The “port” is as much a part of the cancer experience as breathing is to the whole “being alive” thing. Ports are the devices that provide easy access to the blood stream for both the intake of medications and chemotherapy, as well as to get blood samples for the daily grind of “platelet counts” and other medical tests I am more than happy to forget about these days.
As they are implanted in the chest with direct access to the heart, it is easy to develop a sense of security with your port — or, in my case, my son’s. While ports can stay in for years, even decades in adults, in young children they tend to become infected or no longer fit the growing body. So, for most kids who complete treatment, the last step is having their port removed.
This is what Vampboy did this week. After a brief visit to the OR, he was eating his usual post-anesthesia feast of graham crackers, while I considered the deeper meaning.
That’s it…We’re DONE.
VB now gets to join the ranks of his toddler counterparts who wail and thrash as they get needle sticks in the arm for shots and the like. We have begun explaining to him, in a loving way, that the days of emla-induced pain-free pokes are over, but at the moment he just responds “oh, they’ll put a port in my arm.” Sure, honey…If that makes you feel okay about it.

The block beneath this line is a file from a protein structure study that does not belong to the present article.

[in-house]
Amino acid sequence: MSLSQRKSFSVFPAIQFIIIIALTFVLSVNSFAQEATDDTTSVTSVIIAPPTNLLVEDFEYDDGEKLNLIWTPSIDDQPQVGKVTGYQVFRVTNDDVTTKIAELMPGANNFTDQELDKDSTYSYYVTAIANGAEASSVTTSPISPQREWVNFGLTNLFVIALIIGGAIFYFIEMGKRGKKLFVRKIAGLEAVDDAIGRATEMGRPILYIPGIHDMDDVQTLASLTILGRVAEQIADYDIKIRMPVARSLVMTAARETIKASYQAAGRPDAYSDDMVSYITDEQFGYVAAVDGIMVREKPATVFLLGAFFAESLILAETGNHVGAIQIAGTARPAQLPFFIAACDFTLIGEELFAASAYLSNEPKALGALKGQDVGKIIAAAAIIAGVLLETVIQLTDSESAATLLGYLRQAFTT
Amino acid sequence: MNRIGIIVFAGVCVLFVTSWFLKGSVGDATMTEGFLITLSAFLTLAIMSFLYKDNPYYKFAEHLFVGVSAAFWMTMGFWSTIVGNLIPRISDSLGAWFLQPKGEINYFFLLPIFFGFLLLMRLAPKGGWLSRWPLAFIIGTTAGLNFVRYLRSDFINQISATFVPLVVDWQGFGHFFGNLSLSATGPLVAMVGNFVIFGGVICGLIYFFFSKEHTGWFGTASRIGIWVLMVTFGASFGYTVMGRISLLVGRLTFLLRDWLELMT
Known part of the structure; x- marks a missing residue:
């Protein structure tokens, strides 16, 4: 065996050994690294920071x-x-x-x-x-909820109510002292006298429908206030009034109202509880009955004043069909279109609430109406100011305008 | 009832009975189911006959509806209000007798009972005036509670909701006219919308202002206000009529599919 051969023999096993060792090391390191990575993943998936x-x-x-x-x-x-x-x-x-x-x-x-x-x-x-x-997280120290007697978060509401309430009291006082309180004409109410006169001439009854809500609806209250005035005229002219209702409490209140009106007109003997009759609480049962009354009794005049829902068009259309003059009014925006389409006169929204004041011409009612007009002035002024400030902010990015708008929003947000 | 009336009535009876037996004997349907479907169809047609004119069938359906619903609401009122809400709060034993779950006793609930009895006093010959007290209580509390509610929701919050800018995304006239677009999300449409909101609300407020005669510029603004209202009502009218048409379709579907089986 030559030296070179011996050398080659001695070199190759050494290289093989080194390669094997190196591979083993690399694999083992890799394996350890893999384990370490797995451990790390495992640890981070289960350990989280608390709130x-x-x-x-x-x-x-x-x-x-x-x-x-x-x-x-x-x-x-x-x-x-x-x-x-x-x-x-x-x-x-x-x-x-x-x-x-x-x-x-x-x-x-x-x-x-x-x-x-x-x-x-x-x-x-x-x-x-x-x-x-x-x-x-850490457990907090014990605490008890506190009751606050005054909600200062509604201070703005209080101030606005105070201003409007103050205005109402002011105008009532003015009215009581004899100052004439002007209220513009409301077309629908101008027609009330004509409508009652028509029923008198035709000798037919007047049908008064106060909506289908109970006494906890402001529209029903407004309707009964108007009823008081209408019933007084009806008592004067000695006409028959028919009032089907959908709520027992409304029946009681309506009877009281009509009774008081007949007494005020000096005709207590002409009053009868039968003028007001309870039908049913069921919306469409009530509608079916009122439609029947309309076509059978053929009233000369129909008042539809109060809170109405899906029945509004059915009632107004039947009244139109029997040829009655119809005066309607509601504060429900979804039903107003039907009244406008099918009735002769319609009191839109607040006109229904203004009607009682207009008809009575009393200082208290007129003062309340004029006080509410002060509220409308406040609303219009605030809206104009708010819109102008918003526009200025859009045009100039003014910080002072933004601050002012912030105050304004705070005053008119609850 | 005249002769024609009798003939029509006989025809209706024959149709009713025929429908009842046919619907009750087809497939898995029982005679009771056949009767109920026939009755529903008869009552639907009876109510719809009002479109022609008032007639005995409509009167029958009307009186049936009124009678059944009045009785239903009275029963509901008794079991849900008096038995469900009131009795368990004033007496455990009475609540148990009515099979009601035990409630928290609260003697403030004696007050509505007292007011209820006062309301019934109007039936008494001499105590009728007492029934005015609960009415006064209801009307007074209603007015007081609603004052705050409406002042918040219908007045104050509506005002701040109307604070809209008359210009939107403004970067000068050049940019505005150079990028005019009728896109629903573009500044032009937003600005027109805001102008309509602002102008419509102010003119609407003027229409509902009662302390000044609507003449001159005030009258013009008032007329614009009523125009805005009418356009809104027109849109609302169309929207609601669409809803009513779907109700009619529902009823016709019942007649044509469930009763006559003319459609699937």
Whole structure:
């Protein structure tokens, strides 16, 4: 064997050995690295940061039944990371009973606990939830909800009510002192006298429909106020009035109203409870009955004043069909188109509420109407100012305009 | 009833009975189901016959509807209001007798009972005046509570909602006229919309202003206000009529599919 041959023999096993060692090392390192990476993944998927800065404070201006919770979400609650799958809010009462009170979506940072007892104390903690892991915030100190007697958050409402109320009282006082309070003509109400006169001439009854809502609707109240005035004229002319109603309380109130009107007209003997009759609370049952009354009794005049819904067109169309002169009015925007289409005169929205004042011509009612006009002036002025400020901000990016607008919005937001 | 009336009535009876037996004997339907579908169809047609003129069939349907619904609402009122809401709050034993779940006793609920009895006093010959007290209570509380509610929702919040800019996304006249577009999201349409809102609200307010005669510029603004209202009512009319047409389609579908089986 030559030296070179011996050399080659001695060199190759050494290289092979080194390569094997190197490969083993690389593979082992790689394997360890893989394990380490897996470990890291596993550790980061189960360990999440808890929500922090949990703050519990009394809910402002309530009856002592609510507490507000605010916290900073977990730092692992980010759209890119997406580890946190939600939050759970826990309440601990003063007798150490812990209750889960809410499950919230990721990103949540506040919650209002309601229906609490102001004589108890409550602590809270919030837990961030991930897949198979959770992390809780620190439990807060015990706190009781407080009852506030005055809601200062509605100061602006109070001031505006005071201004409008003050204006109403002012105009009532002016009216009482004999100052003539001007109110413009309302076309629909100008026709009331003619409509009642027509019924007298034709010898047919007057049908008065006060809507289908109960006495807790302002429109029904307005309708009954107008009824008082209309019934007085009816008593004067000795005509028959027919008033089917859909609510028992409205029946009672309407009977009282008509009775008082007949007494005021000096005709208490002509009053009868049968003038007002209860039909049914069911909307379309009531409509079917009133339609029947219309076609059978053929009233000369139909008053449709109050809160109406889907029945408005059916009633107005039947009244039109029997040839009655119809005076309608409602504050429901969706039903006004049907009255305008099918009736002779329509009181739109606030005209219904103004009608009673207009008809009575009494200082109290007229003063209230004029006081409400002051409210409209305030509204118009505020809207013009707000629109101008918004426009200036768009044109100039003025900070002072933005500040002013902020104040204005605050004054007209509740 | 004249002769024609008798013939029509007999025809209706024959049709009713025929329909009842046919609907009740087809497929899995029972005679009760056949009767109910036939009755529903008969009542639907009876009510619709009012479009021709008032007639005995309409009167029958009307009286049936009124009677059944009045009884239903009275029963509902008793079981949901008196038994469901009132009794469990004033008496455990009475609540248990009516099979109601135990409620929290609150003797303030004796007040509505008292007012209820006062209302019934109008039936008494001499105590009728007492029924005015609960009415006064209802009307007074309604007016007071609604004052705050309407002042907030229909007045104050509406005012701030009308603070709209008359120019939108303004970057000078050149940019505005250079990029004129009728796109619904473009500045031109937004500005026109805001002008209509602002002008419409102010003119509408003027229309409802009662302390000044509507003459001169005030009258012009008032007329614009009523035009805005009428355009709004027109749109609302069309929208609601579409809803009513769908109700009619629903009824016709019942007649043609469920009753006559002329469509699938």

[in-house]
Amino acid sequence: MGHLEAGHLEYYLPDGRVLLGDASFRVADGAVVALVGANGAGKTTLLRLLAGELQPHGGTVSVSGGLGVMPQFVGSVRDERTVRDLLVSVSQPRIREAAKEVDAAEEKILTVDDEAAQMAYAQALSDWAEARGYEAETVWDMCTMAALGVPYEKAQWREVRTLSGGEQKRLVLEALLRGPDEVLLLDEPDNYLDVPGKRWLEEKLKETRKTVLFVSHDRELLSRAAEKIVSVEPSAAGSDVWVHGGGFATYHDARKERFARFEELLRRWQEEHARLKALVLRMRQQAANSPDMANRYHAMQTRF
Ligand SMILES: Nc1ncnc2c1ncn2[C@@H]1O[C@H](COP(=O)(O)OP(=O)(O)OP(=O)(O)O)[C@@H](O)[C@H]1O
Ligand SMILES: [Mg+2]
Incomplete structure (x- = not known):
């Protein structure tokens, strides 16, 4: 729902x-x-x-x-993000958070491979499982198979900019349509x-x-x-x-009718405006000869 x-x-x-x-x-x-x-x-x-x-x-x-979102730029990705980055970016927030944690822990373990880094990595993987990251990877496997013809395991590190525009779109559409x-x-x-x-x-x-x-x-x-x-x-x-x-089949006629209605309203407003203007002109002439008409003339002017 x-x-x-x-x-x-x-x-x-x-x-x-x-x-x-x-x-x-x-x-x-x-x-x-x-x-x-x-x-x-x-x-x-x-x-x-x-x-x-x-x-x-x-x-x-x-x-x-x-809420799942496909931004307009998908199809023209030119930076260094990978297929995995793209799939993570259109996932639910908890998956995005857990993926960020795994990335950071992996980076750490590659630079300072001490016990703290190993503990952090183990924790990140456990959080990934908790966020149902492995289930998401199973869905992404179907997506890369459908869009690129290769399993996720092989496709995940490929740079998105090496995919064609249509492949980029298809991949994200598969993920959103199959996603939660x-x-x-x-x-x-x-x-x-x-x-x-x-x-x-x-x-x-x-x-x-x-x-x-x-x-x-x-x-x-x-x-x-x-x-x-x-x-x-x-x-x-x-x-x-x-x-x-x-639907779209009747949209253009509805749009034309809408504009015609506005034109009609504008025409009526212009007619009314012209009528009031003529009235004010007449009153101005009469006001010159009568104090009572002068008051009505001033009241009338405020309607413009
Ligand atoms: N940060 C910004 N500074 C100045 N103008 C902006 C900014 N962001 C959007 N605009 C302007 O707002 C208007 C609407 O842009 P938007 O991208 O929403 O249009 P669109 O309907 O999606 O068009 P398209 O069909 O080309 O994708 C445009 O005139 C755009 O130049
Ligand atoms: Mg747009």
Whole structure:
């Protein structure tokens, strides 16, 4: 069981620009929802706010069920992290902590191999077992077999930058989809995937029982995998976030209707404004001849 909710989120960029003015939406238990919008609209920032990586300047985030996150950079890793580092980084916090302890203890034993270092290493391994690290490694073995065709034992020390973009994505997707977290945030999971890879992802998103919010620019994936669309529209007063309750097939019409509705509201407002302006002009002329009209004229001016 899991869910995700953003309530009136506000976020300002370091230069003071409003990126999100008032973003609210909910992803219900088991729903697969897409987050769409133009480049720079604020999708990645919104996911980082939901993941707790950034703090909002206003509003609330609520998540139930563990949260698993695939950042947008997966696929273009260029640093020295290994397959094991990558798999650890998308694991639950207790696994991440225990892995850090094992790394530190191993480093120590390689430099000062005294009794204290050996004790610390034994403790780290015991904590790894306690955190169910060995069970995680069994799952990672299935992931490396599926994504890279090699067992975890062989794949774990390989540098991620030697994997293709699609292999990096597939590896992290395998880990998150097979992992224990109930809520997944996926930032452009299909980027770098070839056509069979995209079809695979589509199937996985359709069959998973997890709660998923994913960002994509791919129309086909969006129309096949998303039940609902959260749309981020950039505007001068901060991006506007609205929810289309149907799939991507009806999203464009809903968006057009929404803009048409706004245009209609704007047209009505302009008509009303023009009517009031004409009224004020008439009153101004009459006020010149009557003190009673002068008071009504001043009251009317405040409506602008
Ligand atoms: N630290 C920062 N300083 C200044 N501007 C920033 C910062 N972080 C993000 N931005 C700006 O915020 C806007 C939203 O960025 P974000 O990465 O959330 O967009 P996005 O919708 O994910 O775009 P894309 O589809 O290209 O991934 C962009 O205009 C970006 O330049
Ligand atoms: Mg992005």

This momentous occasion also does marvels to re-constitute fear and panic in VM and I. As our lives have been filled historically with “other shoes dropping”, it is easy to think that the “Evil C” is just waiting for us to remove his port before it starts tap dancing in his little brain again. Of course, new ports are just as easy to put in as this one was to take out, but that doesn’t sway your mind from the paranoia similar to that which drives pro-sports enthusiasts to wear the same pair of undies every time their team has a home game — without washing them in between.
Maybe we should have left the port in to be safe….
Maybe I should pull out my lucky bowling shirt from high school and wear it for the next 10 years…
My mind wanders through these thoughts and concerns as we make our way out of Chez Healing that afternoon, stopping in the lobby to buy a Mickey Mouse balloon and a fake fish tank that lights up for our little trooper patient. While VM makes the purchase, VB runs over to the giant glass case in the middle of the entrance, holding within it a complex roller-coaster that wooden balls travel through. In between the rhythmic clanging and dinging as the balls hit against bells and metal plates, VB wraps his arms around my leg and leans in for a hug. Instinctively I lower my left hand, and realize to my astonishment that he’s grown tall enough that I can rest my hand on his shoulder without having to bend down. Amazing.
There will always be worry — but not this moment. This is a space and time where cancer no longer lives.
In this moment, we win.